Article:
I've just bought my fourth copy of this -- second-hand -- from amazon, because I've given the other three away as presents to friends. It's such a lovely book -- hence the fact that I want my friends to read it -- so why is it out of print? I'm sure I'm not the only reader who returns, over and over again, to Paul Gallico's story of Ada Harris, a London cleaning lady who scrimps and saves in order to buy herself a Dior dress from Paris (hence the alternative title in American editions: Mrs 'Arris Goes To Paris).
It's one of the most evocative books I've ever read about the emotions threaded through our clothes -- about how what we wear on the outside is sometimes an indication of what lies beneath (which is a theme of my previous book, "My Mother's Wedding Dress"). The Dior dress cannot transform Mrs Harris back into a young girl -- 'the creation worked no miracles, except in her soul' -- but a kind of magic is nevertheless woven into its seams, and survives the material damage wreaked on its fabric, so that by the end of the story, "Mrs Harris hugged the dress to her thin bosom, hugged it hard as though it were alive and human..."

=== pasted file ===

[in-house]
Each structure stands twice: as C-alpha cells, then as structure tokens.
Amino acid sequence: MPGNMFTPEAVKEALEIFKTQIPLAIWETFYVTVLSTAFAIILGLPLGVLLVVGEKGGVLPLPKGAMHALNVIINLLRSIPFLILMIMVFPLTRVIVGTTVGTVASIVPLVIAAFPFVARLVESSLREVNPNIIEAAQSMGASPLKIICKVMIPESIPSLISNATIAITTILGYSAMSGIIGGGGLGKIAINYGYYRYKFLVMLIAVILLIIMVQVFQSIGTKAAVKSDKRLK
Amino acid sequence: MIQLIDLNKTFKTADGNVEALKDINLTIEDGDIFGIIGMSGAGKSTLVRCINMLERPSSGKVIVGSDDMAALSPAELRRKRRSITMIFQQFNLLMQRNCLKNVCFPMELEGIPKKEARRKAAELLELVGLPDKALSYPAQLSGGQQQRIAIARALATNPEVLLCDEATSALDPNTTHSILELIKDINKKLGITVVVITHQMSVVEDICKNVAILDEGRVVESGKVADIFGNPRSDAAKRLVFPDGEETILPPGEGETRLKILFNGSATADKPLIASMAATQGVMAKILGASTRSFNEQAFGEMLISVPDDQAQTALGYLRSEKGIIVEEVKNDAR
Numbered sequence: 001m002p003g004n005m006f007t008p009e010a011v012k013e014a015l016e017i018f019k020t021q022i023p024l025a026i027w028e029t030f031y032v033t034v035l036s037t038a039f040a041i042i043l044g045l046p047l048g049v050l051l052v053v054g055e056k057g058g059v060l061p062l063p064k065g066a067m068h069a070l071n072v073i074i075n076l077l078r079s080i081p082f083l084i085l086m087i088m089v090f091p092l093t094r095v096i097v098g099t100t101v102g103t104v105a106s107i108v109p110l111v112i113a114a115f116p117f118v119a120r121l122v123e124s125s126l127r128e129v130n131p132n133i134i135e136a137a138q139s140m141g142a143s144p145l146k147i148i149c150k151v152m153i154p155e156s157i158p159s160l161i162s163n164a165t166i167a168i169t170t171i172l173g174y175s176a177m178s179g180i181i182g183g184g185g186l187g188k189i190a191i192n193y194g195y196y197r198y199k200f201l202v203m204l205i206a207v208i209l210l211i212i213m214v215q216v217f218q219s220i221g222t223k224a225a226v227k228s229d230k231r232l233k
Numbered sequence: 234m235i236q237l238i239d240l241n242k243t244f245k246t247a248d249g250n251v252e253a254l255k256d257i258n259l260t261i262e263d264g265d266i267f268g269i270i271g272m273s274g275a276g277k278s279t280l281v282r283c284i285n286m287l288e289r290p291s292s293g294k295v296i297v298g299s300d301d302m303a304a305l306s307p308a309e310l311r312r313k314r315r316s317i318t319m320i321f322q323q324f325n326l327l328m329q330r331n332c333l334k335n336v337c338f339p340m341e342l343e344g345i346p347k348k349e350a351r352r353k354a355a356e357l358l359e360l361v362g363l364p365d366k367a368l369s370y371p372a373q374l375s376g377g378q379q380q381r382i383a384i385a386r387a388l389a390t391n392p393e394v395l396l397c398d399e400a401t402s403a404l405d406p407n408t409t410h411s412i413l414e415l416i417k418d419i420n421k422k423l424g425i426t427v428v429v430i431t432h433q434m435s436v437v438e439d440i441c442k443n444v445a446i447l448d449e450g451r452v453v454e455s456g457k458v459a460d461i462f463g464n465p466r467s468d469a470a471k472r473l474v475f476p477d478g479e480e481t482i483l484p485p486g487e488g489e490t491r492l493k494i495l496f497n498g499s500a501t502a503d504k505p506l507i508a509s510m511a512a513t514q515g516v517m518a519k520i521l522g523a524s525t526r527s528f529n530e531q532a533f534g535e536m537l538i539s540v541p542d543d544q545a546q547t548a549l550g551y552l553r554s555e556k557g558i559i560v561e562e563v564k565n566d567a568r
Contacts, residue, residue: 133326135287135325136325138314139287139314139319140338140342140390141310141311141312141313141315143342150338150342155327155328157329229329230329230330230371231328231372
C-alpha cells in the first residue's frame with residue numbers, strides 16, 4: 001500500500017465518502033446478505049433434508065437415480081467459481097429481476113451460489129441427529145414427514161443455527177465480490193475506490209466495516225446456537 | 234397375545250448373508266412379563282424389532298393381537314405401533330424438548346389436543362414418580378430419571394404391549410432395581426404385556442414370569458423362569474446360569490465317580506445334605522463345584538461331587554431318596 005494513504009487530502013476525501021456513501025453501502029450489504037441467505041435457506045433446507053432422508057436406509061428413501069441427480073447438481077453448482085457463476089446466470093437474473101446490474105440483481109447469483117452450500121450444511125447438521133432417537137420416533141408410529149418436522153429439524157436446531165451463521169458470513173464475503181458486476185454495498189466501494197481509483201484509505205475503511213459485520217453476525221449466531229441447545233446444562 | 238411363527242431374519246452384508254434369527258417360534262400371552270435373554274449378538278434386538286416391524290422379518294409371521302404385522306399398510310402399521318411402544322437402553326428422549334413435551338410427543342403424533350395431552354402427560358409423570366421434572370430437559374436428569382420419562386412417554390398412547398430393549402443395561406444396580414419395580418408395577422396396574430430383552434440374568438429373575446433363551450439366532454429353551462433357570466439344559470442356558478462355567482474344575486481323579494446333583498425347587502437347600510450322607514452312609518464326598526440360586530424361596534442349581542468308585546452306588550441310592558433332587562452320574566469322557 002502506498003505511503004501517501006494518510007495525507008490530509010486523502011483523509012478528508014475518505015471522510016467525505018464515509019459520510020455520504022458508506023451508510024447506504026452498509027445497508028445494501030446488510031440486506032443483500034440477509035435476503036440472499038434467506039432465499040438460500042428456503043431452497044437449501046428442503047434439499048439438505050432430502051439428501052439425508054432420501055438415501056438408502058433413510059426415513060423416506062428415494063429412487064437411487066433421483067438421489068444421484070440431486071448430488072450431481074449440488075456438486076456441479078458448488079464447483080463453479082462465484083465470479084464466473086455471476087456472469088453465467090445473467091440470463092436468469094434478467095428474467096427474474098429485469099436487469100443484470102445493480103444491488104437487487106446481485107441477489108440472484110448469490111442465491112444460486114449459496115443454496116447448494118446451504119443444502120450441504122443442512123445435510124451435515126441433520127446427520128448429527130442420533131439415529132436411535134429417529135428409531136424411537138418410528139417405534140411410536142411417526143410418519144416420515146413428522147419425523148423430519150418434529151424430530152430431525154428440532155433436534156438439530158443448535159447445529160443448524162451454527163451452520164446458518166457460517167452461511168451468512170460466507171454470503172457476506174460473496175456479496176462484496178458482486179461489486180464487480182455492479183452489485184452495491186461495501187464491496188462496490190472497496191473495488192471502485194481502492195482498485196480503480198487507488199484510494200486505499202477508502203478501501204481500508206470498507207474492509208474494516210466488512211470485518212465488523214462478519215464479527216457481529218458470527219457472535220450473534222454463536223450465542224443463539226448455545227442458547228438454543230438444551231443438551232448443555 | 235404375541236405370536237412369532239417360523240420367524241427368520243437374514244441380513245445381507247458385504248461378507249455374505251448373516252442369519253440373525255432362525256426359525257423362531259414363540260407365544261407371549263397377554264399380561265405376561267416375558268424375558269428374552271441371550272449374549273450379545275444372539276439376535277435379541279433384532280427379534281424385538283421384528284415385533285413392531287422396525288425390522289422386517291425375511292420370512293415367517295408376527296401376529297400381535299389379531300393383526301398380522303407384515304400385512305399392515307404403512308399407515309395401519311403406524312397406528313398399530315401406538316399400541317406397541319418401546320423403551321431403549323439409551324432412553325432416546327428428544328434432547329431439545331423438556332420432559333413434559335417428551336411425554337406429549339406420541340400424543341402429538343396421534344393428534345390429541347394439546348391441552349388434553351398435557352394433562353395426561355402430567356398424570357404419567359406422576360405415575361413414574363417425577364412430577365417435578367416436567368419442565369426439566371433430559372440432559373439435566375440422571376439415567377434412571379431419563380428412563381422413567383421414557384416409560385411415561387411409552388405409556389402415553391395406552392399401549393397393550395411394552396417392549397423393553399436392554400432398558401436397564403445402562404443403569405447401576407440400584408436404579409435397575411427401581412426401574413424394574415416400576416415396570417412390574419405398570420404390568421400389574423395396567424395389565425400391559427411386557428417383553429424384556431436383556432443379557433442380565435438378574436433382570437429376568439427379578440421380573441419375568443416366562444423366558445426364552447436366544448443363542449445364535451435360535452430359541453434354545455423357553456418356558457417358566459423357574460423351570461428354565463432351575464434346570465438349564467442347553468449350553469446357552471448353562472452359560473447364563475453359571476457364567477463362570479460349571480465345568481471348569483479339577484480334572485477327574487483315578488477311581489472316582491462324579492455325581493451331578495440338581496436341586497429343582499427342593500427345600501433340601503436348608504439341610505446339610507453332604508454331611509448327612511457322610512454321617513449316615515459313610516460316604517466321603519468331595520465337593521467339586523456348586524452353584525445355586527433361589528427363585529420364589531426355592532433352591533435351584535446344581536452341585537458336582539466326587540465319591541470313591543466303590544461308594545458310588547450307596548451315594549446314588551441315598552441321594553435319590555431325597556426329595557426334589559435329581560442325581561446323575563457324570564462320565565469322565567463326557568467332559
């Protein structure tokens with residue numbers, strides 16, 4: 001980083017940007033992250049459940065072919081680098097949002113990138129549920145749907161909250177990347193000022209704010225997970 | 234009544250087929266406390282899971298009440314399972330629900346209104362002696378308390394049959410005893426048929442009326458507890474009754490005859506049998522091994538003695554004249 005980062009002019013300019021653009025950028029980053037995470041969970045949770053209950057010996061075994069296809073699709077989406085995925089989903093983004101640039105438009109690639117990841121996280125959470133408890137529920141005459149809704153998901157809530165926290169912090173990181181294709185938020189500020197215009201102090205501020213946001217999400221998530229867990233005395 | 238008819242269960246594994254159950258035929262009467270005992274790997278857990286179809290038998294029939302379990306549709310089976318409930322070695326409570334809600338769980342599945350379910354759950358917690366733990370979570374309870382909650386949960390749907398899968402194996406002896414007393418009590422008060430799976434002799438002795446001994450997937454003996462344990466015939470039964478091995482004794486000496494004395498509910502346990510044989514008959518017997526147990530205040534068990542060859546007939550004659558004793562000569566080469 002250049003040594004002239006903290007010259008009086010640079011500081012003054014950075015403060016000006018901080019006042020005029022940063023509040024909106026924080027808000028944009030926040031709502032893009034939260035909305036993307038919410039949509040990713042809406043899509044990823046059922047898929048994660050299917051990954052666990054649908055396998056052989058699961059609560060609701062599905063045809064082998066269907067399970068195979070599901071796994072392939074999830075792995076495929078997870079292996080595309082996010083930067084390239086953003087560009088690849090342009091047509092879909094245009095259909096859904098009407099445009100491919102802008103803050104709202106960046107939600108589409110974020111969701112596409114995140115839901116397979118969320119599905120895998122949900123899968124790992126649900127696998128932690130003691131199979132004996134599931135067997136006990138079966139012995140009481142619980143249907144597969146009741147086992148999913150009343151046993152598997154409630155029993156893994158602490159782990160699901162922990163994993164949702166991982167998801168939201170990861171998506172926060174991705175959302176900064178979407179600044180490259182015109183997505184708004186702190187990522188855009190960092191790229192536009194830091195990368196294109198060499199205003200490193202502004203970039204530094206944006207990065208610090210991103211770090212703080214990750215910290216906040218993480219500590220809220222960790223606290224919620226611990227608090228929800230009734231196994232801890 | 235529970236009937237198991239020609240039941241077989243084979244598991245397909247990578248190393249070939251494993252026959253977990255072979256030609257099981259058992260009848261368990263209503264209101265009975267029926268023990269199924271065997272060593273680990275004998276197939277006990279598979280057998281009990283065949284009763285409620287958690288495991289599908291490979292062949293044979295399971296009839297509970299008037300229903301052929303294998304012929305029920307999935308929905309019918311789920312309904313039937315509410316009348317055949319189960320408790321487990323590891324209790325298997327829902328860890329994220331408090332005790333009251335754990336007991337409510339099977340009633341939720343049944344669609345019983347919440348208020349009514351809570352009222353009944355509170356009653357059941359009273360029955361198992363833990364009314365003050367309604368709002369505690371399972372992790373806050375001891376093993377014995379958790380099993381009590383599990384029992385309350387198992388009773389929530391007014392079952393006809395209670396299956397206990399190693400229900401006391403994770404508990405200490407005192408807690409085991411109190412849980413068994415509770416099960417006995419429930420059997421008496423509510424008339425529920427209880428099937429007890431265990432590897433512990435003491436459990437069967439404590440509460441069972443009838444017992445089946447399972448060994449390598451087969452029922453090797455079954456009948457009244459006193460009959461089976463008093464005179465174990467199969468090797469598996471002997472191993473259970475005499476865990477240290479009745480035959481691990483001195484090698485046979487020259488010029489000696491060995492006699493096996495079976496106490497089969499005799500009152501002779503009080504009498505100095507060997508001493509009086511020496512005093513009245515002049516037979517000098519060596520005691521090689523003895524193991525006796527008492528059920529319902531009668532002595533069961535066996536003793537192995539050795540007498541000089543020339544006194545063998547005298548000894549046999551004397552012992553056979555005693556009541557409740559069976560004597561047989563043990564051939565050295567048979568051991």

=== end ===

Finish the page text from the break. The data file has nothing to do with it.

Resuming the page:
Now, I'm off to bed, to re-read it for the twentieth time -- and it never fails to make me laugh, and also tug at my heart.